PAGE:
Tag Archives: childrens stories

Smorgasbord Book Reviews by Sally Cronin – #Children’s – Space Dust by Eloise de Sousa

I’m over the moon to receive another wonderful review for Space Dust. Sally has recommended this little story as a great Christmas gift. I hope you’ll agree.

Smorgasbord Blog Magazine

Delighted to share my review for the latest children’s book by Eloise de Sousa.. Space Dust which is available in print.

About Space Dust

We’re going on a trip in Big Ox’s canoe. Watch the fire bears roar on Venus as pepper pot trees grow on the moon. As Big Ox steers us to the planets, Litte One wonders if Mum will come home soon.

My review for Space Dust

A wonderful journey around the planets in a canoe paddled by a favourite spoon that will delight younger readers, and those reading the story to them. There are beautifully colourful illustrations between the stages of the trip, which will encourage a pause in the storytelling, offering an opportunity to discuss the journey so far. The two main characters, Big Ox and Little One are lovable travel companions as they head off in search of Little One’s mum. and discover creatures…

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Sally’s Cafe and Bookstore – New Book on the Shelves -#Childrens – Space Dust by Eloise De Sousa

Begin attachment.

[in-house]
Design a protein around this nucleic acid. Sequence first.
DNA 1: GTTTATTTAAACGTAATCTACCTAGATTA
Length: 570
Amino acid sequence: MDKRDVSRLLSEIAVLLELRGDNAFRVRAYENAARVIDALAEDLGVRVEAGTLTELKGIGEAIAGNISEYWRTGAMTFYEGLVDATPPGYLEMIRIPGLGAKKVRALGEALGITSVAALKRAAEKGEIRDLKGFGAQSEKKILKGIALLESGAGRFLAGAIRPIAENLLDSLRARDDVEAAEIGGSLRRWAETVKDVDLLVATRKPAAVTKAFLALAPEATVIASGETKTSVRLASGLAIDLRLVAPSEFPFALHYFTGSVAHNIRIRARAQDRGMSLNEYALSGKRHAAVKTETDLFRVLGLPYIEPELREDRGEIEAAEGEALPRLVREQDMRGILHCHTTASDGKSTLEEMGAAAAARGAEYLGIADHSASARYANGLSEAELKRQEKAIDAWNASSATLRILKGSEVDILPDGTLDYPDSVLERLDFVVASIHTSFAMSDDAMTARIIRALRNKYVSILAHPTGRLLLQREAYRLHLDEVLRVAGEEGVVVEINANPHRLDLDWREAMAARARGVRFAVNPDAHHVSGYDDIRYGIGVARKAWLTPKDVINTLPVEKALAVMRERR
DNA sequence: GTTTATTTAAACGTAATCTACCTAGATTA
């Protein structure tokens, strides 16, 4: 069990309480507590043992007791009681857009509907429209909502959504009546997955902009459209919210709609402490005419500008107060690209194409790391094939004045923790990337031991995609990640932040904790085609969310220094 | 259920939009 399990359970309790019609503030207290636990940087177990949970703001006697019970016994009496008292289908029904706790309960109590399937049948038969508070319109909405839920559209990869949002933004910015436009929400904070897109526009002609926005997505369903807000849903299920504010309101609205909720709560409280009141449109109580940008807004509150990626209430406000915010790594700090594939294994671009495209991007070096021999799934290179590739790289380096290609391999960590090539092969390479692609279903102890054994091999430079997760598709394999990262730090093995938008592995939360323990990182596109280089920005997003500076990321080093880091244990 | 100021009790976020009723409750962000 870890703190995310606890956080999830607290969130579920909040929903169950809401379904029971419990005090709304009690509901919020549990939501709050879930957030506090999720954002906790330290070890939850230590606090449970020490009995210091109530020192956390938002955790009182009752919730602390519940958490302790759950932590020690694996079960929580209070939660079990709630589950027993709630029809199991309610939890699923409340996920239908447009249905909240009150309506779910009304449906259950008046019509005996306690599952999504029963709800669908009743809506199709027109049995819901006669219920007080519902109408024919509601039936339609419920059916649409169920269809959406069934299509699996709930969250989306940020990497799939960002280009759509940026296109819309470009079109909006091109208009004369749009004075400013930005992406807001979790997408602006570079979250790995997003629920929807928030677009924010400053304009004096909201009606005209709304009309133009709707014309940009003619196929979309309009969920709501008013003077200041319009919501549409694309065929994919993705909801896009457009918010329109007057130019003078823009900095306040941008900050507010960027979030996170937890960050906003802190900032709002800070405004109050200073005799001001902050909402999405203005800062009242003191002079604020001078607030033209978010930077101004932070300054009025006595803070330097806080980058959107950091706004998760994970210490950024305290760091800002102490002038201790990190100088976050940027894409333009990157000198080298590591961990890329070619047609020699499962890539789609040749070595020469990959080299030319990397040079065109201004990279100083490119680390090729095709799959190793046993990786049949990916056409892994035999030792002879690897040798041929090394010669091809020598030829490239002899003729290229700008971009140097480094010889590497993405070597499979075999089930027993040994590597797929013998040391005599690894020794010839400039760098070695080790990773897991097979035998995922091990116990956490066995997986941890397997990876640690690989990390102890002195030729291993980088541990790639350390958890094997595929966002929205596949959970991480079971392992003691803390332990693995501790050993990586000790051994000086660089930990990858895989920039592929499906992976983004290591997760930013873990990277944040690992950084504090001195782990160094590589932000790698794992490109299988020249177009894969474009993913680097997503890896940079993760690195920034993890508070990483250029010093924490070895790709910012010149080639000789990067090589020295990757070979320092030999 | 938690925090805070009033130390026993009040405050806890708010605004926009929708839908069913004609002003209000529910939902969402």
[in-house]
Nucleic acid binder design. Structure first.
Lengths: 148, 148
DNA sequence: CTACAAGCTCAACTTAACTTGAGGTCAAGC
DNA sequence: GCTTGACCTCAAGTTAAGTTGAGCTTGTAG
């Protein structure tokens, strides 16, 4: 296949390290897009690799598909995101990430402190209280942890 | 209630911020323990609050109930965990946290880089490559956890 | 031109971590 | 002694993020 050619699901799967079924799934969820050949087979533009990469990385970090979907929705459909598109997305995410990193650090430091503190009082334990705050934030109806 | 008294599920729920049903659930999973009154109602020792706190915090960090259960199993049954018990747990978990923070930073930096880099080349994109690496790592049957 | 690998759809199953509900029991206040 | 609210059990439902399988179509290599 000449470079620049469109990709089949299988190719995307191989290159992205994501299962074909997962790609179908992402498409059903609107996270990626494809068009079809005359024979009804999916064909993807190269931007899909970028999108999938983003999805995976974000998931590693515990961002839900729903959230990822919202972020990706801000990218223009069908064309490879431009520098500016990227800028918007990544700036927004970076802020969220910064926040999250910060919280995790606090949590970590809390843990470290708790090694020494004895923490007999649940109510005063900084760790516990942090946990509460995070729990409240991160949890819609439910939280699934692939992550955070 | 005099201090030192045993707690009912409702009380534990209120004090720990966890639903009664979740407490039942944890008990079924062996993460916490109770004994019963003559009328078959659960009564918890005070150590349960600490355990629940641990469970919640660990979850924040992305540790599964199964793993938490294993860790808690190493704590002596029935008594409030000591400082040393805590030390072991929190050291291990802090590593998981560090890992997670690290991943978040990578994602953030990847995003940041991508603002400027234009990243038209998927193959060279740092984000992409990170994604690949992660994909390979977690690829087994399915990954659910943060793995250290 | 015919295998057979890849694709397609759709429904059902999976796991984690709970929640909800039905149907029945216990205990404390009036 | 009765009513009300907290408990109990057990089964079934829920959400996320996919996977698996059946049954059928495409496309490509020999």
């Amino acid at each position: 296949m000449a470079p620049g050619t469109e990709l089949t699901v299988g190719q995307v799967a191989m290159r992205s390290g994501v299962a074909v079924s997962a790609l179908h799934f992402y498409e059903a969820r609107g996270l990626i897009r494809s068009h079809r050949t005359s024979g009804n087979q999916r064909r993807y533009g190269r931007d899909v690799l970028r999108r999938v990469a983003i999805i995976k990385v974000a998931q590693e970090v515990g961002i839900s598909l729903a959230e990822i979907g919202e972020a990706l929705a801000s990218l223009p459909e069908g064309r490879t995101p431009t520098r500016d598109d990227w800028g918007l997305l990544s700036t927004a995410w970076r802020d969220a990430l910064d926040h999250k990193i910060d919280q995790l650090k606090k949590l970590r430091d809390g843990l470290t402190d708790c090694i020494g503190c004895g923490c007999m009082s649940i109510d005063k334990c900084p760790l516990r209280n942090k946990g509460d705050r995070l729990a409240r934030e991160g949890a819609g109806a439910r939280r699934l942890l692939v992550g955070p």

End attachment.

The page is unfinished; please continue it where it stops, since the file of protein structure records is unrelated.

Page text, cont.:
Let’s continue our space journey by visiting Sally’s Cafe and Bookstore, where she has kindly added Space Dust to her listings and promotions. Continue reading

Day Four – Reaching Elastic Limits with Space Dust

The time difference squirrels away at our estimated time of arrival but we will persevere to Howard’s blog space where special gifts await.

Watch this space…

…as we glide to a gentle stop where time and space meet. Join Big Ox and Little One as they visit The Elastic Limits at Howard Loring’s place. Click on the pic or his name to begin your journey.

Blast Off with Space Dust Blog Tour

It’s time! Let’s all climb aboard Big Ox’s canoe for a trip across the ether. Our mission: to spread the word about Space Dust’s debut and enjoy exploring the characters and extraordinary creatures they discover in the story.

So, grab the spoon and off we go up the rainbow ribbon trail to Lorraine Mace’s blog where we will stop for an interview and story share before sailing away to our next blog.

Keep your eyes peeled for free copies of the book along the way.

Let’s go! We’re off to Lorraine’s! Click on her book pic or name and away we go!

Monday Corrrfffeee!

It’s a beautiful day here in south east England and there’s a freshly boiled kettle waiting for us to fill our mugs. Join me in the garden for a coffee and catch up. Continue reading

Space Dust

It’s here! My blood, sweat and tears arrived today in the post and I’m so pleased with how it turned out.

The setting is as close to perfect as I can get it and my illustrations have come to life on the white, glossy pages. The true test, of course, will be whether the children engage with the book and if the story fires their imaginations. After testing it on my book club members and year Reception at school, I have optimistic hopes of getting them to love this story as much as I do.